#1
Dec2506, 09:57 PM

P: 487

I love Maths very much. However, most of the time I can't find new questions to answer nor know what to do with an unfamiliar problem. I really think this is going to be my disadvantage in my maths career. Does any have this problem and any advice?




#2
Dec2506, 11:32 PM

P: 1,520

Think, think and think.




#3
Dec2706, 06:29 AM

P: 38

Well, there are millions of Math textbooks and I am certain that you haven't worked through EVERY one of them...




#4
Dec2706, 08:29 AM

P: 487

Lacking creativity...
solving problem is not a problem. The problem is that I can't create problem for myself.




#5
Dec2706, 09:11 AM

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P: 9,421

that skill of problem finding is apparently much rarer than problem solving.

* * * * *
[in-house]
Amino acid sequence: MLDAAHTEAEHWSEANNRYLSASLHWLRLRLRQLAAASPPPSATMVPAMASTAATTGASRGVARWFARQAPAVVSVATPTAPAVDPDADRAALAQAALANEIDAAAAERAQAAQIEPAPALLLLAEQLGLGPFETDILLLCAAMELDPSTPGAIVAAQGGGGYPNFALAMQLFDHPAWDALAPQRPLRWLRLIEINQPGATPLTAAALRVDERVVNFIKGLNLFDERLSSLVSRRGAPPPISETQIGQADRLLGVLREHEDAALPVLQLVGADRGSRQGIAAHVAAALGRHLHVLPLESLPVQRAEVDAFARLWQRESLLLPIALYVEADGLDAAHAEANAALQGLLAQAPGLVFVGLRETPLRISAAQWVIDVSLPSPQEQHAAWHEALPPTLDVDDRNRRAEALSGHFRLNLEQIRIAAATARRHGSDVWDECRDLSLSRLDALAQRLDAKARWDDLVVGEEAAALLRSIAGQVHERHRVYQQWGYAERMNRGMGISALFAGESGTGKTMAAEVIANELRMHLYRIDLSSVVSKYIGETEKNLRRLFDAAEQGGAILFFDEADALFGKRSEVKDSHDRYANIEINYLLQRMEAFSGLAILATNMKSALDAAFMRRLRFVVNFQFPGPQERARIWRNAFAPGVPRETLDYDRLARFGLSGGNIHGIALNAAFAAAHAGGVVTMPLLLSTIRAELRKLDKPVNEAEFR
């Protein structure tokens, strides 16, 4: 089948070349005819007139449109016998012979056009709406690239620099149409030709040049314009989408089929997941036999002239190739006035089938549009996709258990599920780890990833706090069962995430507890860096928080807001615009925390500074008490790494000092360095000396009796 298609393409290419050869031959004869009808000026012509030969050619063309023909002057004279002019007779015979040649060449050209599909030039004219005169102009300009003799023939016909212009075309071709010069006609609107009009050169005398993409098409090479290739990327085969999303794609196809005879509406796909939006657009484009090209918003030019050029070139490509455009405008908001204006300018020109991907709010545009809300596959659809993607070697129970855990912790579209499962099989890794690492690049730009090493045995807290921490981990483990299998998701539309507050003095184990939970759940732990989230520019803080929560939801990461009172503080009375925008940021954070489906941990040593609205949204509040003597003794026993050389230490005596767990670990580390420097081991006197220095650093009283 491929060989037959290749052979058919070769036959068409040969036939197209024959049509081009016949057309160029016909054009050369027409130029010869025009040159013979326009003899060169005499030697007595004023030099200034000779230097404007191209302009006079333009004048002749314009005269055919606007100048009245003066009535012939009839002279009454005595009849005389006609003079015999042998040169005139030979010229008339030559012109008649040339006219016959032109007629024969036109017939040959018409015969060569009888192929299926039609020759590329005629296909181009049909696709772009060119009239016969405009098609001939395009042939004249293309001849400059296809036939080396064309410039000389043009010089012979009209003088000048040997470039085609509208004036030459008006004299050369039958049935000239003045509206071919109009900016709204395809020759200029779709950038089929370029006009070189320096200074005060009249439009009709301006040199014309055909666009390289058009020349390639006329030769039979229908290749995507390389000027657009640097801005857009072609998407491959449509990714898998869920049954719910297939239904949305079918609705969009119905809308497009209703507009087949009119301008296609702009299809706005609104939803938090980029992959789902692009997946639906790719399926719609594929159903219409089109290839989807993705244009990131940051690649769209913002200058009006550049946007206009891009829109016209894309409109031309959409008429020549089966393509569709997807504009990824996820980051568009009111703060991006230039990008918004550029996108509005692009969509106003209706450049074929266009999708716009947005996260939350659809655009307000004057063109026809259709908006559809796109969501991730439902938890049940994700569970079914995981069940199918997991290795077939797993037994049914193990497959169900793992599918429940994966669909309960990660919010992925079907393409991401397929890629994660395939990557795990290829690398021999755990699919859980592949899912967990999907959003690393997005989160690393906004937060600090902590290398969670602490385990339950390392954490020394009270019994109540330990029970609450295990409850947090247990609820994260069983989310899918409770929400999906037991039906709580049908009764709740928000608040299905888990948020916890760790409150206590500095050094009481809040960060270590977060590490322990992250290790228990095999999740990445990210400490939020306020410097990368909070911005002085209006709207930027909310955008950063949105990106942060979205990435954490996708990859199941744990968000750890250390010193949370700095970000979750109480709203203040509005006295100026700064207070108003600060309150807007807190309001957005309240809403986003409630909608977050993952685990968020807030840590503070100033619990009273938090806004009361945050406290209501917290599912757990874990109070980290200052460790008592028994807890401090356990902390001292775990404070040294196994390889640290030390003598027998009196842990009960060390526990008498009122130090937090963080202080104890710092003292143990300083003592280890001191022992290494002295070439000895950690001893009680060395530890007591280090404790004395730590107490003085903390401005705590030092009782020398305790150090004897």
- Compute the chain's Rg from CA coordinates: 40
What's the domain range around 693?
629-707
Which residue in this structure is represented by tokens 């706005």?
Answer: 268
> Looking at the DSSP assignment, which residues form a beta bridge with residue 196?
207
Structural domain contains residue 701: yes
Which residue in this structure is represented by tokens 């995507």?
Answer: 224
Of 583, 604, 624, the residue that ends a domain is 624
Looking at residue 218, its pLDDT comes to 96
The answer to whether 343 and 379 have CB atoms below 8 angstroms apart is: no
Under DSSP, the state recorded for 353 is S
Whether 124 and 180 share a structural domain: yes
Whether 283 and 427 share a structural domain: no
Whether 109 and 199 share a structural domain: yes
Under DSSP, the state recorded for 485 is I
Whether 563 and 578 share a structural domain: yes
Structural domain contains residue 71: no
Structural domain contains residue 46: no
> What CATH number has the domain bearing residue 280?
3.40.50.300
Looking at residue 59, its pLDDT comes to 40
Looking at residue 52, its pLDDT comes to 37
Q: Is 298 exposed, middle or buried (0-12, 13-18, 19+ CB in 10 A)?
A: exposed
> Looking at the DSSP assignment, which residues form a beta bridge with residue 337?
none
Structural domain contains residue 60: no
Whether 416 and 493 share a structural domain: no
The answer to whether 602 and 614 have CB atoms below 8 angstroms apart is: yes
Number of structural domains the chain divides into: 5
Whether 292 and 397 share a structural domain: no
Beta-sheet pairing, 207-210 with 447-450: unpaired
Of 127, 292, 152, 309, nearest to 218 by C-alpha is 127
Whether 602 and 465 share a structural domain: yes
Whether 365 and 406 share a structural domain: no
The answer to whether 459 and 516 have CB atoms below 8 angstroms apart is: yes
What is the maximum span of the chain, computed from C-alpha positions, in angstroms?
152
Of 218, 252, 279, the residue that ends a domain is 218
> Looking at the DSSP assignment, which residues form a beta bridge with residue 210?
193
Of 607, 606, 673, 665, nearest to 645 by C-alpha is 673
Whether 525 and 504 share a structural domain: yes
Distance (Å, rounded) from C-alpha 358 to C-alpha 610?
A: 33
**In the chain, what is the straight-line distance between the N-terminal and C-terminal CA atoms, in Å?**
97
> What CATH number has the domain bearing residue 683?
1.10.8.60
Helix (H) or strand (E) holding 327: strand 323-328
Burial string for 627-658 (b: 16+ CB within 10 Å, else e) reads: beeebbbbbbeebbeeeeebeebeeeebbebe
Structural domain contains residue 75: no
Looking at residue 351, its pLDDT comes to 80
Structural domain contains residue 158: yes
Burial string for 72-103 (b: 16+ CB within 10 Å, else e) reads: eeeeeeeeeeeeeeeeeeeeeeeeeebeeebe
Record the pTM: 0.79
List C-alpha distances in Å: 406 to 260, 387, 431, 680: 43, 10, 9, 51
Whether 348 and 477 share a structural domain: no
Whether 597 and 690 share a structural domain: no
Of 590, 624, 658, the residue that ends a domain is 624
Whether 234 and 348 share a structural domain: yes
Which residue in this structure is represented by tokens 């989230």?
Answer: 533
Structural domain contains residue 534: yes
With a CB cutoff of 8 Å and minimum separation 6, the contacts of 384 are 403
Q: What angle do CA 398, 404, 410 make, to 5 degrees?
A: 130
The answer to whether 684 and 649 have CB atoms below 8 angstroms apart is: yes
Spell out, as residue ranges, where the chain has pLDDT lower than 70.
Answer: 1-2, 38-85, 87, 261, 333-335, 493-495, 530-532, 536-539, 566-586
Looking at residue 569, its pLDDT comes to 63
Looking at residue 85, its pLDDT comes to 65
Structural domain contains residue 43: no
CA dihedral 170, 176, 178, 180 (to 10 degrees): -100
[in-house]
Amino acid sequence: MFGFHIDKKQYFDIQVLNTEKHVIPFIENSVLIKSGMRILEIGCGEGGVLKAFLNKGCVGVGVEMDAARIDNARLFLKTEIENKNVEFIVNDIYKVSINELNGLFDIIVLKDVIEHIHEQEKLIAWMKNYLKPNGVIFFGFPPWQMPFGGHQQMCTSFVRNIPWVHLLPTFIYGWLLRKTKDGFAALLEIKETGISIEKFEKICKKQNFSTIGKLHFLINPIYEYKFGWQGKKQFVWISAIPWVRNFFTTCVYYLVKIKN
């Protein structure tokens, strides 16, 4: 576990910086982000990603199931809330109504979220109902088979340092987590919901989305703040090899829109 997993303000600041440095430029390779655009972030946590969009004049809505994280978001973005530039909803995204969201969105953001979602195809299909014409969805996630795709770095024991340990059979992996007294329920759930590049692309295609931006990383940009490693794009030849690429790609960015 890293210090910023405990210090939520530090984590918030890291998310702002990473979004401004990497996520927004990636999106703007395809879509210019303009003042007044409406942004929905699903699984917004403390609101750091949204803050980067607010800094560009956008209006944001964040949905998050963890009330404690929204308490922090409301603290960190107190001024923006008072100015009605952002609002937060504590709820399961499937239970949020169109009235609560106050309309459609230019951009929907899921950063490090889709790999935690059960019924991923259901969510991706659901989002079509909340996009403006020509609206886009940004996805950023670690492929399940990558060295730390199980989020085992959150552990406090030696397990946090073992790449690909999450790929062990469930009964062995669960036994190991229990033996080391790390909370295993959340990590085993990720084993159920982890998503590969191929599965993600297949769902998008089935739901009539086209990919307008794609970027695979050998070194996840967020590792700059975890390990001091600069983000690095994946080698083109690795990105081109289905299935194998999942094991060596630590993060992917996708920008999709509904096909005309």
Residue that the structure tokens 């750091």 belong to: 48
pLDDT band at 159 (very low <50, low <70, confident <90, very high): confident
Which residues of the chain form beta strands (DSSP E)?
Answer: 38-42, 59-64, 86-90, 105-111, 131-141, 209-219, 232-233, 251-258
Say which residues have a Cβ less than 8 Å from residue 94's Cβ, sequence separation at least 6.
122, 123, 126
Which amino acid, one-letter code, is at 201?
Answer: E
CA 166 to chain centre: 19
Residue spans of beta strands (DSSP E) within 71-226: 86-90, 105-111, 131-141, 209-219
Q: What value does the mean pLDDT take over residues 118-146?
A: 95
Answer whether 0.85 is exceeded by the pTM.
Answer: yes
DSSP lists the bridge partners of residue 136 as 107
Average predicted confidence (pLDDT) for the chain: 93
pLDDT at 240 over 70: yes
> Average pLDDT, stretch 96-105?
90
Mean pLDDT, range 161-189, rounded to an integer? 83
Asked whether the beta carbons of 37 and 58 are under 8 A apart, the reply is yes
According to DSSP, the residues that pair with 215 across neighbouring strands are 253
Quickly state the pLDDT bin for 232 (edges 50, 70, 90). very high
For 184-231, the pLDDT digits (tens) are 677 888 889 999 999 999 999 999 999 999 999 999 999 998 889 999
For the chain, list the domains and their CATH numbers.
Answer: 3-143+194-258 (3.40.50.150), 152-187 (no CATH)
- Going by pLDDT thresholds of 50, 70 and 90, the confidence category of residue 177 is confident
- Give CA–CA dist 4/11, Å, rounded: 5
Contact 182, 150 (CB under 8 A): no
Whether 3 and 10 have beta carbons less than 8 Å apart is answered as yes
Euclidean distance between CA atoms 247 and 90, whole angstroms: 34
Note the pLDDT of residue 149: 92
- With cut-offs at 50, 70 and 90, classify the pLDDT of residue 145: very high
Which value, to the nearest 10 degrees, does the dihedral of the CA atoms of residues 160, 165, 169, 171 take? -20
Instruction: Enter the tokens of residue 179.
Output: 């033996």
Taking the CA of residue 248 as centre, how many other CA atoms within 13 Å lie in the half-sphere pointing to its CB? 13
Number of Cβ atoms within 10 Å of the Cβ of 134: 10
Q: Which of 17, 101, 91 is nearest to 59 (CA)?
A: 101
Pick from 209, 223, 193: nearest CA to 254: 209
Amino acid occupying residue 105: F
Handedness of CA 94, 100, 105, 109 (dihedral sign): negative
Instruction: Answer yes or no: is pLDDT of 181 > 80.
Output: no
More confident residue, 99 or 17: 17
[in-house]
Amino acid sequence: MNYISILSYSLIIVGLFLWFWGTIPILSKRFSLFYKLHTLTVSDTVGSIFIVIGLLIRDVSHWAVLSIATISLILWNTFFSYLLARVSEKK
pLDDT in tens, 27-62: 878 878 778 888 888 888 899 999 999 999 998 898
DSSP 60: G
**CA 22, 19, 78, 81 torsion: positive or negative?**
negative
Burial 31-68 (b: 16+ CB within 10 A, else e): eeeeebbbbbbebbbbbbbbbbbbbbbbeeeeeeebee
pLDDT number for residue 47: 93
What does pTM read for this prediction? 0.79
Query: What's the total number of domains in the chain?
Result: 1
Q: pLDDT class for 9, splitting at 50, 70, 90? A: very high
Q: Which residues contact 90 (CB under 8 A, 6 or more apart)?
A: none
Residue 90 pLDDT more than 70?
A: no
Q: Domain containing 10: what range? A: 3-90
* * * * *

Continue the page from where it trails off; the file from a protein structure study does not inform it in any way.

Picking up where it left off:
there are standard ways to go at it however, such as changing the hypoheses in a known theorem, or changing the conclusion. i.e. if something is true in dimension one, ask what happens in dimension two. or if a differentiable function has a certain property, ask what happens for only continuous functions. try to get the habit of noticing what is not said, as well as what is said. and any time someone says "we do not nkow what happens when..." there is an open question. it took me my whole life to notice it, but there is a standard theory of finitely generated classification of modules over pid's, but not more general rings, as far as i knew. on the other hand, i knew that a dedekind domain is basically q ring that is locally a pid. thus there should be some weakker classification theorem for finitekly generated modules over a dedekind domain. guess what? there is, and it appears at the end of books like dummitt and foote. but asking this question should have been obvious. notice many oif these books do not make it clear at all why such a questiion is an obvious extension of a well kmnown theory. we are not very good at teaching how to ask questions in math, and it does not appear in many places. one exception is basic algebraic geometry by shafarevich. when he explains a theorem, he ioften asks an open question extending what ahs been explained. but because a question, once asked is easier to answer, many of his questions have now been answered. e.g. in the section on cycles, he posed the problem of fiun ite generation, but clemens answered it about 20 years ago, and in the section on uniformization, he posed a question on the structure of universal covers of algebraic varieties, and now a lot of work has been done on it by kollar and others. I was so nose to the ground when ireqad shafarevich, i was only interested in the theorems there and ignored or did not even observe the open questions. so to find open problems, you have to learn to be looking for them. As briefly put above, you have to spend some time reflecting, i.e. thinking, about what you have learned. there is a famous book about this, called :"how to solve it" by george polya. read that. one tip irecall from that book, is that soklutions to problems are like grapes, they come in bunches. so when you have an idea that solves one problem, look around for another that it solves. i used to not do this, and when i published a paper with an idea, I would notice later someone else had proved much more than i did with the same idea. I was occuopied with my problem, and having worked hard and long to find the key to its solution I was satisfied. It did not occur to me to maximize the productivity of my idea. Ideas are few and far between. To expect to generate a new one for every problem is hard. So push them as far as they will go. But not forever. Try to think of a new one occasionally too. I also have had trouble doing this,a s we all have.